Work on a new environmental water management plan for the Macalister River began in 2014–15 as environmental water continued to target native migratory fish species, including the iconic and threatened Australian grayling.
Environmental watering in the Macalister River in 2014–15 aimed to trigger migration and breeding of native migratory fish, boost the strength and diversity of river plants and connect habitat with autumn and spring environmental watering.
As in the Thomson system, Australian grayling responded well to environmental watering with monitoring confirming further spawning.
Australian grayling eggs were collected in the lower Thomson system, showing that the autumn water delivered through the Thomson and Macalister rivers was able to trigger downstream migration and spawning of grayling.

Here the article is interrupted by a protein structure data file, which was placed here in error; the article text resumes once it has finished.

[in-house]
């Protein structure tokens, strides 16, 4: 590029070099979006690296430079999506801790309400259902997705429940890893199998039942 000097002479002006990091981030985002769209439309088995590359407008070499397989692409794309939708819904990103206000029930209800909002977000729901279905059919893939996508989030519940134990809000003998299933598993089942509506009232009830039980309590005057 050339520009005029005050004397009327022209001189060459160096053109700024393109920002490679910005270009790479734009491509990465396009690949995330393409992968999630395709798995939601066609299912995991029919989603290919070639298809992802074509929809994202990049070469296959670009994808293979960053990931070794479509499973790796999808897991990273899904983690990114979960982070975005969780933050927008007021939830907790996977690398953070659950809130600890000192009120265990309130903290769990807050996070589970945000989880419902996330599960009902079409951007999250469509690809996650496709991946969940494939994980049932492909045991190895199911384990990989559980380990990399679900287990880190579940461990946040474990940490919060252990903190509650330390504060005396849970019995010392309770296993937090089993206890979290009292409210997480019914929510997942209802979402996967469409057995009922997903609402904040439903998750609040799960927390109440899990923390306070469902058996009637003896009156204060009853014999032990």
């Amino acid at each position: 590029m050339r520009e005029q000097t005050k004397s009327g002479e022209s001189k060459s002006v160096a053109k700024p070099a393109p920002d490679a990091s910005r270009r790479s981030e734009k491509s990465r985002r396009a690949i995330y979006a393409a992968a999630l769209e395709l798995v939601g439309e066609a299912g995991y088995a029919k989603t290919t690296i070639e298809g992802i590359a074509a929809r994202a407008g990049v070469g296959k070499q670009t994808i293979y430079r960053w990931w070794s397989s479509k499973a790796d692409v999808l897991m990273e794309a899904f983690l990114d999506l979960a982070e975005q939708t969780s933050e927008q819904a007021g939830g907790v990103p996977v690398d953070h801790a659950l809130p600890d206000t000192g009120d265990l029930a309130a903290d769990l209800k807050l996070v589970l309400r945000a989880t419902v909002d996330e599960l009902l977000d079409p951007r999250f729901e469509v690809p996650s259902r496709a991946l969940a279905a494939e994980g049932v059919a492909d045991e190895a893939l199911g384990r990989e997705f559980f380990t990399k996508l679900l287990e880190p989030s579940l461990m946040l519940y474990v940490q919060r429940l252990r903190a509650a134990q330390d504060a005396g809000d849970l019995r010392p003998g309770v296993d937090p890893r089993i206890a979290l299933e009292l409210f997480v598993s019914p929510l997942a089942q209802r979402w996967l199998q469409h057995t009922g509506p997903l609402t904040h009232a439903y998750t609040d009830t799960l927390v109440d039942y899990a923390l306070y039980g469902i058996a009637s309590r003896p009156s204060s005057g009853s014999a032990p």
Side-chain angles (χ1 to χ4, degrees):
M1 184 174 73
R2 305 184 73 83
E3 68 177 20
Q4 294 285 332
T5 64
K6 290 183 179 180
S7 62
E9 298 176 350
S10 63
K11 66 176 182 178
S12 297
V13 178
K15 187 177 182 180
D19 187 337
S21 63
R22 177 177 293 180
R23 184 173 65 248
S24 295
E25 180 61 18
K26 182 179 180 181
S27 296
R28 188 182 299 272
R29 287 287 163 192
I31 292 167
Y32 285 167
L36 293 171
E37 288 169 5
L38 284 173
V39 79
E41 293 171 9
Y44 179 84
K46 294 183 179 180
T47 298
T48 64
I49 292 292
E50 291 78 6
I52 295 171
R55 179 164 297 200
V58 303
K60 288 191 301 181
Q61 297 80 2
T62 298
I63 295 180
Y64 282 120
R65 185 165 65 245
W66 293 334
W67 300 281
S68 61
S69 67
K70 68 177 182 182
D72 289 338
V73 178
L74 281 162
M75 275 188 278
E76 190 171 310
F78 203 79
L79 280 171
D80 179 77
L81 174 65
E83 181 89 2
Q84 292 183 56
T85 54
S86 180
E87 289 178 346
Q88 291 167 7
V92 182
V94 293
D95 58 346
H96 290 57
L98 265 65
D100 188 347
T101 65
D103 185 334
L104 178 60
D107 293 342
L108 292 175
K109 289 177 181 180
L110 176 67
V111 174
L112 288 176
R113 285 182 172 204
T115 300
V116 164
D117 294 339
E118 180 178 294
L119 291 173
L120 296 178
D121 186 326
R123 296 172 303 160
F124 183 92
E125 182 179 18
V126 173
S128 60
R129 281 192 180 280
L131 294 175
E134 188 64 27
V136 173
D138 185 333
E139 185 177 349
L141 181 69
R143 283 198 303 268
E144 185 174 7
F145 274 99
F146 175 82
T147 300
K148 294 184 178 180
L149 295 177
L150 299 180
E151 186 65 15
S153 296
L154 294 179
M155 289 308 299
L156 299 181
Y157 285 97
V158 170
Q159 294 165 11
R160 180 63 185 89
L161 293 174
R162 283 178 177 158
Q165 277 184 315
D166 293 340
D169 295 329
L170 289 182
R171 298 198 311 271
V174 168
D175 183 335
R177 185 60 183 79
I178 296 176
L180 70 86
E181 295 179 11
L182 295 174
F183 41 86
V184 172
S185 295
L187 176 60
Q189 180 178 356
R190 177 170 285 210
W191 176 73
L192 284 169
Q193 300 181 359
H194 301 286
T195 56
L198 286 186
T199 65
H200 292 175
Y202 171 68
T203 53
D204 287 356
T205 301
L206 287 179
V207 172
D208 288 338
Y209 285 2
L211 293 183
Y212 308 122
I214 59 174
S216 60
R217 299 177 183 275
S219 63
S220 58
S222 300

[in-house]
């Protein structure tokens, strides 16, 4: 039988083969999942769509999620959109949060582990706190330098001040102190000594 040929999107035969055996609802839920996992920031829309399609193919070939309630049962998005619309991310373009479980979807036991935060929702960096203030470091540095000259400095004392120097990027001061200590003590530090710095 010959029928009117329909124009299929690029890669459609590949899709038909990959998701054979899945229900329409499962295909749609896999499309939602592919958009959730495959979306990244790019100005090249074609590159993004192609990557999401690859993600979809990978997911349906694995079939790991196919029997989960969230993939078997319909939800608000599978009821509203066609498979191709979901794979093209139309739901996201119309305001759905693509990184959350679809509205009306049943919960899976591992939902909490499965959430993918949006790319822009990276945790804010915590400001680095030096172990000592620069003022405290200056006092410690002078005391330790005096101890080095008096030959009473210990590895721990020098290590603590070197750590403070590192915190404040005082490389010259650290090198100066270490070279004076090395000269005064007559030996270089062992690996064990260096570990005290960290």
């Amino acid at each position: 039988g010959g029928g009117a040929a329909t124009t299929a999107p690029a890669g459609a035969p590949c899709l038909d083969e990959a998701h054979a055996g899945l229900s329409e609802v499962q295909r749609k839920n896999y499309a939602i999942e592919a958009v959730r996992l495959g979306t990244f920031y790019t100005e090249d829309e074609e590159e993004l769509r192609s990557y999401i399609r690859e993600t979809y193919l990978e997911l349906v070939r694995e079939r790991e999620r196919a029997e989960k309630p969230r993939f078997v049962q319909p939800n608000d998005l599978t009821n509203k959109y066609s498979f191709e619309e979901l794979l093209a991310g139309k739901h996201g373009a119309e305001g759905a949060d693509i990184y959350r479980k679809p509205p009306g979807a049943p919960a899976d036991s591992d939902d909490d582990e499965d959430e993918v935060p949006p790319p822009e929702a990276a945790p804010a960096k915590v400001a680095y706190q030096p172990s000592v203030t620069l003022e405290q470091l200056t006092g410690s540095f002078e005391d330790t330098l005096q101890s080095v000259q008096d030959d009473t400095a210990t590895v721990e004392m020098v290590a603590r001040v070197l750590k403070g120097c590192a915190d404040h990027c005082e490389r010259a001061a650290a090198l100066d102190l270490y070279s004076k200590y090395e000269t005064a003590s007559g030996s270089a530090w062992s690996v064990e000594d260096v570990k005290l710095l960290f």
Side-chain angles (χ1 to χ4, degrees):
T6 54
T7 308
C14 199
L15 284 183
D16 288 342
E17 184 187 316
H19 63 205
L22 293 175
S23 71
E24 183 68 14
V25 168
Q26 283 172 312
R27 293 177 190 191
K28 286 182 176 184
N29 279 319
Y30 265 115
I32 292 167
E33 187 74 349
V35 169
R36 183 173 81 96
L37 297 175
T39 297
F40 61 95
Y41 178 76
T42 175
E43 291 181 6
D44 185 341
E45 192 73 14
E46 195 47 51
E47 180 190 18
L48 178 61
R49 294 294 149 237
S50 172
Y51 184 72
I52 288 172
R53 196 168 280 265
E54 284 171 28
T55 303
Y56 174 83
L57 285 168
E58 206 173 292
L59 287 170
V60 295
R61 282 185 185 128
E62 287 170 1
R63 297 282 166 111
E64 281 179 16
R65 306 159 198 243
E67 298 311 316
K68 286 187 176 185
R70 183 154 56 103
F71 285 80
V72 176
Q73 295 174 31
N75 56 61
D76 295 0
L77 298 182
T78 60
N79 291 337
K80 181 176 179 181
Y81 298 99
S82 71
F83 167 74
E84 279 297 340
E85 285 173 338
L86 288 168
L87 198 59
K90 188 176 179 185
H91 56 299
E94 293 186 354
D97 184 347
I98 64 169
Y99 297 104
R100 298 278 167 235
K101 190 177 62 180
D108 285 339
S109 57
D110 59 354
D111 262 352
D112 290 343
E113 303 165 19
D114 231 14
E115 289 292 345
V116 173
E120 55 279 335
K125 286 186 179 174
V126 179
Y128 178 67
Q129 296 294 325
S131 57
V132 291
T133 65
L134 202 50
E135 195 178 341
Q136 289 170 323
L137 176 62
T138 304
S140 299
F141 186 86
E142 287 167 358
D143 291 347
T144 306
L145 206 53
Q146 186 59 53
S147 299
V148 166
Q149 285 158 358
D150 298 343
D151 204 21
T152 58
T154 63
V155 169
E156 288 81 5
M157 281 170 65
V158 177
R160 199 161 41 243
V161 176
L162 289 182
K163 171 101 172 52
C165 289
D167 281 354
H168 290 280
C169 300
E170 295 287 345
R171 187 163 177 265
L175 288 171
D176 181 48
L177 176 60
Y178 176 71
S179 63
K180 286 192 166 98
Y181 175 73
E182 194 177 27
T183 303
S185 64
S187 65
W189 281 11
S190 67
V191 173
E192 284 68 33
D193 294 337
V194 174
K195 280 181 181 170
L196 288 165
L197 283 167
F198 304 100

Minna Tom, Environmental Water Officer with the West Gippsland Catchment Management Authority, said the development of the Macalister River environmental water management plan also began in 2014–15.
"This important project began with an update to the flow recommendations and early community engagement to ensure that the outcomes of the plan are understood, owned and supported by the community," Minna said.
"Water-dependent values and ecological objectives were identified and developed in partnership with a community advisory group represented by local landholders, agencies, Landcare volunteers and other interest groups."